Beneath such waves, such shells

review by Siddharth Dasgupta

'The tap of the typebar against the ink-fleshed ribbon fills my ears, as does the snapping of the hands of the big clock on the wall,' writes Rochelle Potkar in 'Typewriter’. 'It’s 10:30 a.m. in Davar’s secretarial college on the second floor of an old Victorian building in Flora Fountain, Bombay.'

The same building houses Kitab Khana, a 'teakwood bookshop on the ground floor' – and a veritable Bombay institution to boot. Once needled by her manager that she would always remain a secretary, Potkar relates how she (or the poem’s protagonist, if you will), returns to the same stage, years later, to read out her poetry.

The poem finds its conclusion in a haiku:

sickle moon-
the earth sheared into
cloud continents

Potkar’s new collection of poetry – Paper Asylum (Copper Coin, 2018) – is a celebration of the small and the not so small, where even the soul-grinding monotony of secretarial work has the propensity to be graced with the willing hand of karma. This is the writer’s second book of poetry, after Four Degrees of Separation (Paperwall, 2016). Comprising primarily haibun – the Japanese variation of prose poetry, interspersed or clinched with haiku – the collection dives into the intellectual and physical possibilities of its form.

Much of the haiku on view is strong enough to compel the reader by itself; it’s the narrative juxtaposition with the prose, however, which creates a rhythmic dynamic that both permeates and echoes. At times, the haiku confronts despair and desire in a poem with the lingering remains of hope; at others, it serves as cryptic confirmation of the poem’s central theme.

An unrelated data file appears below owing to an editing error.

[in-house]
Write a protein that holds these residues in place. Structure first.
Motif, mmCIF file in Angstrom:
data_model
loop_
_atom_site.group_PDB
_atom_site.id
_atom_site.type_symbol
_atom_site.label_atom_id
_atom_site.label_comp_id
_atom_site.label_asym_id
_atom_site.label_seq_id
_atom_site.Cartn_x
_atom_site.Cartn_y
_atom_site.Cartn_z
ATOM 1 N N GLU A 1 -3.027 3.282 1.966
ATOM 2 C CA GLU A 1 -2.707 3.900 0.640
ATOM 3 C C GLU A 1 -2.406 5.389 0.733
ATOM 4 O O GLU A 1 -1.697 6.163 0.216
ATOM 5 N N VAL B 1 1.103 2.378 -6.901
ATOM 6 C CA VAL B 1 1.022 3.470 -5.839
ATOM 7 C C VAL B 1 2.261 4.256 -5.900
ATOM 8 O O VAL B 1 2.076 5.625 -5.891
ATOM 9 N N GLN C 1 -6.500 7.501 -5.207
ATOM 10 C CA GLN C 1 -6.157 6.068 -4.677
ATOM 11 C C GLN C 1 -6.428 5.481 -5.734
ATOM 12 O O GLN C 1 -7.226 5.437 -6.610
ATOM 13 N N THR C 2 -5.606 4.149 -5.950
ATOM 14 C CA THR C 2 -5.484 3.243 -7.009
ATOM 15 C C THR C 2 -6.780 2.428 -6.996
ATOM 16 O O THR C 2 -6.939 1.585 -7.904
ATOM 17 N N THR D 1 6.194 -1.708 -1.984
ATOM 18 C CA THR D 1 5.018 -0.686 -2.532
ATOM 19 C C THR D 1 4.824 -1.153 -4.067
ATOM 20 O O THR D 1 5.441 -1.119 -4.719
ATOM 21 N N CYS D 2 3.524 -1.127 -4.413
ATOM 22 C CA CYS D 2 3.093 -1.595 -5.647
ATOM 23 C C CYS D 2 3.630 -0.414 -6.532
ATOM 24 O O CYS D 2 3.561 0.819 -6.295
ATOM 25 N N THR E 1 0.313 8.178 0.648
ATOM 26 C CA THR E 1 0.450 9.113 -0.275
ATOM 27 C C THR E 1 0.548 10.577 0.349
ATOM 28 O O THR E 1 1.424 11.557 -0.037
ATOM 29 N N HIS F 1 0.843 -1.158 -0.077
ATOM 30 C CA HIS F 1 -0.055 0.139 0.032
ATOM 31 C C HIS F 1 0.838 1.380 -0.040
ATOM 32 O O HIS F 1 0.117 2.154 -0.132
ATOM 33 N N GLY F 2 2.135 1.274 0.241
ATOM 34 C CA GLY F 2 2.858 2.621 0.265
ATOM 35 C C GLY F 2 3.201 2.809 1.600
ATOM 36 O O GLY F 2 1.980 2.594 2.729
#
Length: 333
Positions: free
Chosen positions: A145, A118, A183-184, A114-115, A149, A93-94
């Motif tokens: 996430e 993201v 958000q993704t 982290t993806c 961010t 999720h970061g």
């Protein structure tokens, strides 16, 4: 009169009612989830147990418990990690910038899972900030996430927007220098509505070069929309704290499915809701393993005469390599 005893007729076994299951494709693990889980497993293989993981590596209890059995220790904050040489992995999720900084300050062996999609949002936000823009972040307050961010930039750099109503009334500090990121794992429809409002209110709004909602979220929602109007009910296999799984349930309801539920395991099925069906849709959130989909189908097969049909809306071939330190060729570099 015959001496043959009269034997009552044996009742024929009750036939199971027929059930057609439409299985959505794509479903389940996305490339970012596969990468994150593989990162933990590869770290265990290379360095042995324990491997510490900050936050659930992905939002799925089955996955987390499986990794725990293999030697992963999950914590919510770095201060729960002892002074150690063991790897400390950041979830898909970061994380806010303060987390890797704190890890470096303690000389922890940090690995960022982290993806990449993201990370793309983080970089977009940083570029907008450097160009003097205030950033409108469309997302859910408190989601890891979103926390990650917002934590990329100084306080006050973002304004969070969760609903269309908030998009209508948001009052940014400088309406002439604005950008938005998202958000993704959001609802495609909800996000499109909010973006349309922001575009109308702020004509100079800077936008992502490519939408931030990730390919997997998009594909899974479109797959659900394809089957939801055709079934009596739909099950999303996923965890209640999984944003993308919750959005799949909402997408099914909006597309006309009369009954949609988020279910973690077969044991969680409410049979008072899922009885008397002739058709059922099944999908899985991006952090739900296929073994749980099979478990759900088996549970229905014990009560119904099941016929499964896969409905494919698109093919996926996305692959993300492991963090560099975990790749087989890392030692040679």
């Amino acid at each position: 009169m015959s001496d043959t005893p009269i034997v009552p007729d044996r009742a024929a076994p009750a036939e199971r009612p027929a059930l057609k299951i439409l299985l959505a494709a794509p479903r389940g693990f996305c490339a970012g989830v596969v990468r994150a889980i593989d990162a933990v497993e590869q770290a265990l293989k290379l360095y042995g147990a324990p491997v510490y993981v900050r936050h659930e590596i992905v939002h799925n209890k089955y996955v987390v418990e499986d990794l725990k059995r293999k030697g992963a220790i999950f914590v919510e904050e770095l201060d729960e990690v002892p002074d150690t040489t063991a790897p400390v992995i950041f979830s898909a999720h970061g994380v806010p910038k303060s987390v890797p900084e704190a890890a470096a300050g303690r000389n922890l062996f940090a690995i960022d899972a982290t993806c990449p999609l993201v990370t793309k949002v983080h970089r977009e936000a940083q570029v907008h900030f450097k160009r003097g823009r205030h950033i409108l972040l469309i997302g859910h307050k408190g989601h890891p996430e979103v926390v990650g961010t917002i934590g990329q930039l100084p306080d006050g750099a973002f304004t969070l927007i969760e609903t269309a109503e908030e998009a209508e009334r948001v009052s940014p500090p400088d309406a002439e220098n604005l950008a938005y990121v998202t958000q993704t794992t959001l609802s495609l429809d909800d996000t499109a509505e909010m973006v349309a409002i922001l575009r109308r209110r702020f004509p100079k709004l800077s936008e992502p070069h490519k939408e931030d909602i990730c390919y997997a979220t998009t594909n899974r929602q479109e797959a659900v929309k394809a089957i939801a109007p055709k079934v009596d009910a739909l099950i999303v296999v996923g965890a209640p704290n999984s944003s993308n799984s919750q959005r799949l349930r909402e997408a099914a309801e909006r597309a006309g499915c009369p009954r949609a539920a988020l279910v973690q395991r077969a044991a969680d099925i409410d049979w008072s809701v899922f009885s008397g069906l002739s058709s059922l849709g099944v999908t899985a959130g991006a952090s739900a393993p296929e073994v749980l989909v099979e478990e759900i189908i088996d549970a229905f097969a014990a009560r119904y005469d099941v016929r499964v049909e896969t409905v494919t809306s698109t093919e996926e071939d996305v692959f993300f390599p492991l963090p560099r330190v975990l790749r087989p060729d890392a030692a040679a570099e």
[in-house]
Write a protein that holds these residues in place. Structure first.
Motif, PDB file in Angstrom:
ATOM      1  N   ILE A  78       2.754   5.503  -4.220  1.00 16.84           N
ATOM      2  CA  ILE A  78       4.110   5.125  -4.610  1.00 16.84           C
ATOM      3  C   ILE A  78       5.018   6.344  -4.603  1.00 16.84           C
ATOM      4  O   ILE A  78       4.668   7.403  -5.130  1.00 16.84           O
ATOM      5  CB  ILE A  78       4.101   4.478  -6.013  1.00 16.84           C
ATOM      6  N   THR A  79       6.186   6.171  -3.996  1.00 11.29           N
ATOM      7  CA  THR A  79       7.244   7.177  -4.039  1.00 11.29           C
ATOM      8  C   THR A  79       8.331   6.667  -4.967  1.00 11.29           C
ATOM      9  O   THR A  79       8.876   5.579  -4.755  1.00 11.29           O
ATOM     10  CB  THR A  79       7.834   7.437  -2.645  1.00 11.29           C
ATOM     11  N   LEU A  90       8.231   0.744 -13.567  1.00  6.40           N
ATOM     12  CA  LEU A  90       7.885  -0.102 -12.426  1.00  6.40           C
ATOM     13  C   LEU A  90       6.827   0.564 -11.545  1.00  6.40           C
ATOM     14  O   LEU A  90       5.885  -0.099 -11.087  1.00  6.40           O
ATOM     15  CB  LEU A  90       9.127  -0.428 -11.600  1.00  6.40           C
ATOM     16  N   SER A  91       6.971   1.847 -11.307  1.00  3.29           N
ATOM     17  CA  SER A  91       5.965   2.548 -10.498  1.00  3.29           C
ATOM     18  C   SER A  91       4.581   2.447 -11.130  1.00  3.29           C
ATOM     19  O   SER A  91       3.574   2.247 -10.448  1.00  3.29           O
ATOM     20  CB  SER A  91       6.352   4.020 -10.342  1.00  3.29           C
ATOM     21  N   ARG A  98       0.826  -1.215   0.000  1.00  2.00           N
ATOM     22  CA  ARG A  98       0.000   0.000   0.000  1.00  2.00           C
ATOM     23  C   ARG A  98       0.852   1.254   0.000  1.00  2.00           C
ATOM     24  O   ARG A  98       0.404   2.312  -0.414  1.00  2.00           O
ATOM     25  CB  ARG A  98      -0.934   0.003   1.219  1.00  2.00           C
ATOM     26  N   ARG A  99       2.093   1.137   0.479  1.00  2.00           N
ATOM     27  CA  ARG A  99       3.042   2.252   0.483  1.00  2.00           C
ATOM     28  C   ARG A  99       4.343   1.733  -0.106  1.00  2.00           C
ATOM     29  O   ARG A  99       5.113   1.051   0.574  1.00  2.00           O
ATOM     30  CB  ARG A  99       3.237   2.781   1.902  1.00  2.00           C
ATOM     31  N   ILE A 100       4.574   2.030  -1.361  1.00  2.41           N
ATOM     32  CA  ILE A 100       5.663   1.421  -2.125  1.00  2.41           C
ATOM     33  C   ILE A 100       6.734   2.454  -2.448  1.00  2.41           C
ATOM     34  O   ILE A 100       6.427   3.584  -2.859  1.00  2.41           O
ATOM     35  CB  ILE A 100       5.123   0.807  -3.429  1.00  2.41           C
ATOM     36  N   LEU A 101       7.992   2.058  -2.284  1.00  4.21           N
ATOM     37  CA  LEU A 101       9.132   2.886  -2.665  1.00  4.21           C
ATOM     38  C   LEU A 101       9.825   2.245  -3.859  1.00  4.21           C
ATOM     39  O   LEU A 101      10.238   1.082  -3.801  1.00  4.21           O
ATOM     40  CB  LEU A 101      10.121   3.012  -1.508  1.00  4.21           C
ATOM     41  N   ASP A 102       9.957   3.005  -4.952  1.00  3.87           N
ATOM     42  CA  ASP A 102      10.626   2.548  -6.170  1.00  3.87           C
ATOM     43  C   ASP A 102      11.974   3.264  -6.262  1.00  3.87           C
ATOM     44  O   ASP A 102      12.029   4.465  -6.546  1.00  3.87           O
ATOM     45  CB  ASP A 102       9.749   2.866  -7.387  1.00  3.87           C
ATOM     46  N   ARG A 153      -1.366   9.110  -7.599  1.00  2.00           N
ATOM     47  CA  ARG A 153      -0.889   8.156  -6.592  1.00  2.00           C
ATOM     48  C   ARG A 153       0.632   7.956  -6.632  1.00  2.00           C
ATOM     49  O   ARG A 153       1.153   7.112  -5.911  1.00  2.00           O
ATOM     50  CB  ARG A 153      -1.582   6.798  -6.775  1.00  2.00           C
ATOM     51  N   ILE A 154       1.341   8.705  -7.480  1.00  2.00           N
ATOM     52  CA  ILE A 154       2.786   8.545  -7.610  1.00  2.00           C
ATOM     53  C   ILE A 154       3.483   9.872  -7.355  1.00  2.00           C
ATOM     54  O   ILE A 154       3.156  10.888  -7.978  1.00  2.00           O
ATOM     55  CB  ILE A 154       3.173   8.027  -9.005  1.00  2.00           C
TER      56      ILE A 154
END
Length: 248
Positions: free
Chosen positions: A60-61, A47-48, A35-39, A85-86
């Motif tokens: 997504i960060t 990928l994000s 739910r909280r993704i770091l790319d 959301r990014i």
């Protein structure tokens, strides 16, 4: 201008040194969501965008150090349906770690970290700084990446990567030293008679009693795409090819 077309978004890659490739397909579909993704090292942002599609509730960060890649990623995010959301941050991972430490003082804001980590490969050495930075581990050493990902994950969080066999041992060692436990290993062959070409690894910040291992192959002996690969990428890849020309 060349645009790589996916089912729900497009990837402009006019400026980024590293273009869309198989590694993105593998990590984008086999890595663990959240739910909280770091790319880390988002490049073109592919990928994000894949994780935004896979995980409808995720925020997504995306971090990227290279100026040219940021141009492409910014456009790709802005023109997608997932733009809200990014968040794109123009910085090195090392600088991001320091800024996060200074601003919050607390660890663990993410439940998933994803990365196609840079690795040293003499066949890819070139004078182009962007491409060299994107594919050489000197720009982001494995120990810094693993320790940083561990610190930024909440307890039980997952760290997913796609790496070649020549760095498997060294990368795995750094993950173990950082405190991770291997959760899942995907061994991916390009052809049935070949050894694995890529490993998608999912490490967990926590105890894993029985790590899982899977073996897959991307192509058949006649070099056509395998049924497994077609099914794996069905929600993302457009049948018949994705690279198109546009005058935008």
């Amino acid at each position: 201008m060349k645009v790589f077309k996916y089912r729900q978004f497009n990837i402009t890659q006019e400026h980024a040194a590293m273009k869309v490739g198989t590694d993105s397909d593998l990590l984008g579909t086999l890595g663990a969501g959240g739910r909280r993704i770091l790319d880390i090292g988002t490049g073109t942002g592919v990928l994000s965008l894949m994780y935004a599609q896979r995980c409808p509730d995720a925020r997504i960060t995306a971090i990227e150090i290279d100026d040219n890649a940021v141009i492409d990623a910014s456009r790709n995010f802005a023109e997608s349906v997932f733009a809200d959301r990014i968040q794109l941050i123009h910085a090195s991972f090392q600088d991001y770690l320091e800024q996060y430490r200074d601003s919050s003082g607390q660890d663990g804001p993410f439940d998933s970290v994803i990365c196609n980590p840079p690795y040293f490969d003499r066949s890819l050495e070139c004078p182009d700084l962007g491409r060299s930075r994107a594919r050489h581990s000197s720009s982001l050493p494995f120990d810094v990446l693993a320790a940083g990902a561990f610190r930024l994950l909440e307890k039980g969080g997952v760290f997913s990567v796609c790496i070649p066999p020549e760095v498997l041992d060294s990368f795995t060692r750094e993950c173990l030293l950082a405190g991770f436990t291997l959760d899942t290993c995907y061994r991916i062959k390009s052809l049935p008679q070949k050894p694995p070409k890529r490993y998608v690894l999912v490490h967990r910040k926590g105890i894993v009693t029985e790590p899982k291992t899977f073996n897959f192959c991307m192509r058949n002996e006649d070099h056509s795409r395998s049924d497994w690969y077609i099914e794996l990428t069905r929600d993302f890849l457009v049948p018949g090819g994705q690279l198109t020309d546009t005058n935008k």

In ‘Gravity’, the material life, particularly one lived out in a new country, is given the once over. 'We fall from grace with each packet of noodle, ready-to-eat food tray, notification of fruit that has exhausted from the dinner table … We have fallen across the lengths of the pyramid.' As the haiku at the end suggests, this fall stands every chance of being confronted by its own denouement …

sudden thaw …
the melting wings
of snow angels

In 'Thirst’, 'she travels in crammed trains, photocopies her anatomy over other women, and throws up her lunch at a station like a page from a printer, or loose change from a vending machine.' Once at home, safe, disconnected, and clean, she begins to crave the filth – 'the shadow-light mosaic of the chattering world' – all over again.

planets in retrograde …
henna patterns change
her fate lines

Regret rests on many of these pages like drops of water – shimmering, stilled. This isn’t the sort of repentance that begs attention or craves the unending wallow, though. It’s another manner of emotion entirely, the kind that revels in the textures and acts of dissent it brings to a life. Some of the best poems in the book dance the tango with this mien of remorse and sorrow, perhaps knowing well that in the dance lies a chance of redemption, that in the act of acceptance lies the sucker punch of rebellion.